Bahia Shehab

by Amanda Hopkinson
Reviews / Books • 06.03.2020

The art of Bahia Shehab first attracted international attention in March 2011, when at the start of the Arab Spring the Lebanese-Egyptian artist, activist and academic moved her work from the studio onto the streets of Cairo. For two years she painted walls around the city. What had been conceived as a project using Arabic calligraphy to illustrate the emphatic Egyptian expression ‘No, and a thousand times no’ became charged with revolutionary momentum. The lam-alif (لا), the Arabic word for ‘no’, accompanied a succession of fierce rejections: ‘No to another Pharoah’ beside a stencilled image of President Mubarak, and ‘No to burning books', referencing the remains of the torched Institute of Egypt library.

On a wall along an unamed street there are a series of insurrectionary symbols FIG. 1: the big 'X' of a ballot paper; the blue bra shockingly displayed by police beating a woman whose burkah they had torn off, each subverted by appropriation. At times Shehab painted with others. A life-sized tank stencilled onto a wall followed by a man bearing a tray of loaves on his head soon included protesters, spray-painted alongside Shehab’s images by demonstrators. Regularly whitewashed by the army, they would reappear overnight. Another slogan was added: ‘No to military rule’.

Shehab's book At the Corner of a Dream tracks her journey from Tahrir Square across the world, and documents her stencils on the walls of fifteen cities. In part it is a revindication of the artist’s resistance to globalisation:

‘What did that bring us? We have complied and adopted the modes of the west. But did it get us anywhere, bring any kind of human solutions? ... It just put a wall in my way!’ 1

Shehab’s insistence that history should not be a burden but an inspiration is based on her deep respect and knowledge of 1,400 years of Arab culture. Her stencils of the lam-alif are borrowed from both high and low art: mosques, carpets, lanterns and posters. She writes that each symbol ‘took its form from history, inspired by calligraphy inscribed on tombstones, walls, mosques and artefacts of the past. My thousands of "no's" became my visual voice for the revolution'.2.

Over the following five years, Shehab’s message was reprised on walls in Tokyo and Tunis, Madison and Marrakesh, Berlin and Beirut. In each place, her work addresses local issues, drawing in local people and their personal experiences. In New York a group painted what Shehab calls 'my first legal wall' – so legal that a policeman turned up with a bucket of whitewash to help prepare it for paiting. Others – including Shehab's two daughters – joined in painting a wall in support of women in prison. At the Ionian Centre for the Arts and Culture on the Greek island of Cephalonia, Syrian and African asylum seekers drowned in the Mediterranean are memorialised.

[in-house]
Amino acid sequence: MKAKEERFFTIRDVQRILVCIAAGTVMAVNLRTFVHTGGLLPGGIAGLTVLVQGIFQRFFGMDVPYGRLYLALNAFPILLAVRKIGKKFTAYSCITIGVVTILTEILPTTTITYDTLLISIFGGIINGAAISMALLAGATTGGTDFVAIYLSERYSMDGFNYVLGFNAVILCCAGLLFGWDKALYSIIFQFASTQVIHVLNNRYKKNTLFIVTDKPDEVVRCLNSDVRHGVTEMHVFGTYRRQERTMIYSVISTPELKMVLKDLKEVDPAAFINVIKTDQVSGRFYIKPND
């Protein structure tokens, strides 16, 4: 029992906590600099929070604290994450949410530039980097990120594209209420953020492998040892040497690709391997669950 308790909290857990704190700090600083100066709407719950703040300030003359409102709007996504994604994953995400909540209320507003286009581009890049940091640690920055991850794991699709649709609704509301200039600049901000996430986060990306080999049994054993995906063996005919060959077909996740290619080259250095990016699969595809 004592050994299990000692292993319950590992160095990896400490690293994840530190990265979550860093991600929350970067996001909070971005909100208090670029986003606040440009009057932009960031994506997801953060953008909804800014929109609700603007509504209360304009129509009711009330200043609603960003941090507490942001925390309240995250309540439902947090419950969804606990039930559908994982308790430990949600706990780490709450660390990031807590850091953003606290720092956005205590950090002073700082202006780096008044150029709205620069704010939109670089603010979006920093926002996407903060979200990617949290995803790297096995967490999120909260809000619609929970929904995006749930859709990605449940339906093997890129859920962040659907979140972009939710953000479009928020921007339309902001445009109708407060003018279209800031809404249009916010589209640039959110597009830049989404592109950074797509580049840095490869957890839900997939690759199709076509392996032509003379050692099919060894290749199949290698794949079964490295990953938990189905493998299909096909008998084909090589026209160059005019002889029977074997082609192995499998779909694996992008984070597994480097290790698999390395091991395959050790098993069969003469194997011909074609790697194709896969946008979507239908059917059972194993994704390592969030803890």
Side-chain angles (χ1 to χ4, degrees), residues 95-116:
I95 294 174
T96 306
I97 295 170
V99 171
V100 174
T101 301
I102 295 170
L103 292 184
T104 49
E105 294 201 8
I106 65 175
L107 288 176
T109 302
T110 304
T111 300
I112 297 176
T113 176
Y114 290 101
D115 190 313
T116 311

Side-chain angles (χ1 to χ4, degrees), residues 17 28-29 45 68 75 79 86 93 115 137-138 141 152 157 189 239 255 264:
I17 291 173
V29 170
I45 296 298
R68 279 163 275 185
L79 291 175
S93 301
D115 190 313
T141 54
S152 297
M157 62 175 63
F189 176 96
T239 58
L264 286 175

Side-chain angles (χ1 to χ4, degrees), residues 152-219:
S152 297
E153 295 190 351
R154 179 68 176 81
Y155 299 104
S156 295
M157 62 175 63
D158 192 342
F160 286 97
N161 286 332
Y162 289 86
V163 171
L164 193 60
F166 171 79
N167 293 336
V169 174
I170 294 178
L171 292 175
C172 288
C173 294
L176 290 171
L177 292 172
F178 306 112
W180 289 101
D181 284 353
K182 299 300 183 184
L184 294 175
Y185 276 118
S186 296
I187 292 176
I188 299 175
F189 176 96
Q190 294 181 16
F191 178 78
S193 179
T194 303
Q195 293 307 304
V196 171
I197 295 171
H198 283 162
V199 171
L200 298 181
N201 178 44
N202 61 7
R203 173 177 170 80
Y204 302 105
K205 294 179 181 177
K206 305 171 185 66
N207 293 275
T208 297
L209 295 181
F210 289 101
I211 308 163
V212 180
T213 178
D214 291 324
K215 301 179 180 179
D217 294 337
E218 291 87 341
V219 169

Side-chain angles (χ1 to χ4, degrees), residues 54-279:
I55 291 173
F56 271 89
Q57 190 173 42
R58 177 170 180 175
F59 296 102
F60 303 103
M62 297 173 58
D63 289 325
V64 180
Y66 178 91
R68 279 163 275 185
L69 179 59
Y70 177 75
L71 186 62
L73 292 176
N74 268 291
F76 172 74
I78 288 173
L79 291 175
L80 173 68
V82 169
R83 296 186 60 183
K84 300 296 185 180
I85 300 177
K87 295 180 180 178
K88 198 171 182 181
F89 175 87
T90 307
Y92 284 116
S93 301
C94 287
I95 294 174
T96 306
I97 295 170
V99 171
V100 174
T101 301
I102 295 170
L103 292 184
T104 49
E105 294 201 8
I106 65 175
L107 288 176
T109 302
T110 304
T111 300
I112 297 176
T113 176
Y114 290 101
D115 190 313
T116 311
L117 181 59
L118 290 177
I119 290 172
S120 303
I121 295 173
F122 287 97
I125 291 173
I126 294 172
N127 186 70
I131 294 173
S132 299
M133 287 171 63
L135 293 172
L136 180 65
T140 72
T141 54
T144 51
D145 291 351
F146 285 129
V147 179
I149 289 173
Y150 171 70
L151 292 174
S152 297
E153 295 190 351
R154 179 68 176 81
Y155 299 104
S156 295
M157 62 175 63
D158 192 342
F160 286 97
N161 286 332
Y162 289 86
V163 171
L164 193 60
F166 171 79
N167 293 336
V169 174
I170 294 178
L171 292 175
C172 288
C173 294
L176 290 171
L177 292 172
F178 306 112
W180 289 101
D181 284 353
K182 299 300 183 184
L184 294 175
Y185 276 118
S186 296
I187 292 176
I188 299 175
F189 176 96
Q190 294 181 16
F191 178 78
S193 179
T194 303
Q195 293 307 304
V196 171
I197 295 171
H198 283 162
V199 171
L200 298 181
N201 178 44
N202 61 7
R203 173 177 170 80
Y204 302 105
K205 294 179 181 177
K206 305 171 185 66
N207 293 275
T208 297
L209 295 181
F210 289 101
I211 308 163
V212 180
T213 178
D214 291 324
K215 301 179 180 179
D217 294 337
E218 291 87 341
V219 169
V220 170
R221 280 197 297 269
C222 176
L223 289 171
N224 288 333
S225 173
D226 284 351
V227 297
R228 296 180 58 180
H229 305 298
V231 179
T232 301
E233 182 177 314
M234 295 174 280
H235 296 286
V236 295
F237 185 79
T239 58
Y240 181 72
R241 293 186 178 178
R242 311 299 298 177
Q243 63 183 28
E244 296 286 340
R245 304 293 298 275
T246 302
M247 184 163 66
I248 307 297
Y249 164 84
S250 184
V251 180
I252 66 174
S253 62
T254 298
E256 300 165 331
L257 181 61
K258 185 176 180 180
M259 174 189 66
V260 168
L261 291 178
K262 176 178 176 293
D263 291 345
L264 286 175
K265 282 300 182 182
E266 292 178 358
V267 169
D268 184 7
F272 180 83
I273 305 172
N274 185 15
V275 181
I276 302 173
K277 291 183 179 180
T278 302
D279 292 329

Shehab’s commentaries describe how each work came to be made. At Wisconsin University in 2016, she worked with ‘film producers, native Americans, an army veteran, students and professional muralists [. . .] the majority were women, including the army veteran’ (p.27). A photographic sequence shows how muralist volunteers transformed sheets of A4 paper into a giant stencil reading ‘No to the impossible’. Shehab continues: ‘While we were painting [. . .] we shared our stories, and suddenly my artwork became a carpet of narratives like the ones in the workshops of central Asia where groups of people - usually women - come together and share stories’ (p.28). In The ‘Red Indian’s’ Penultimate Speech to the White Man (Honolulu), Shehab paints with street children, school children, her own children and adults. Her text expresses her initial surprise at being able to collaborate with local arts and cultural workers, preparing the walls and transferring slogans in broad daylight, rather than – as in Cairo – creeping out at night, under imminent threat.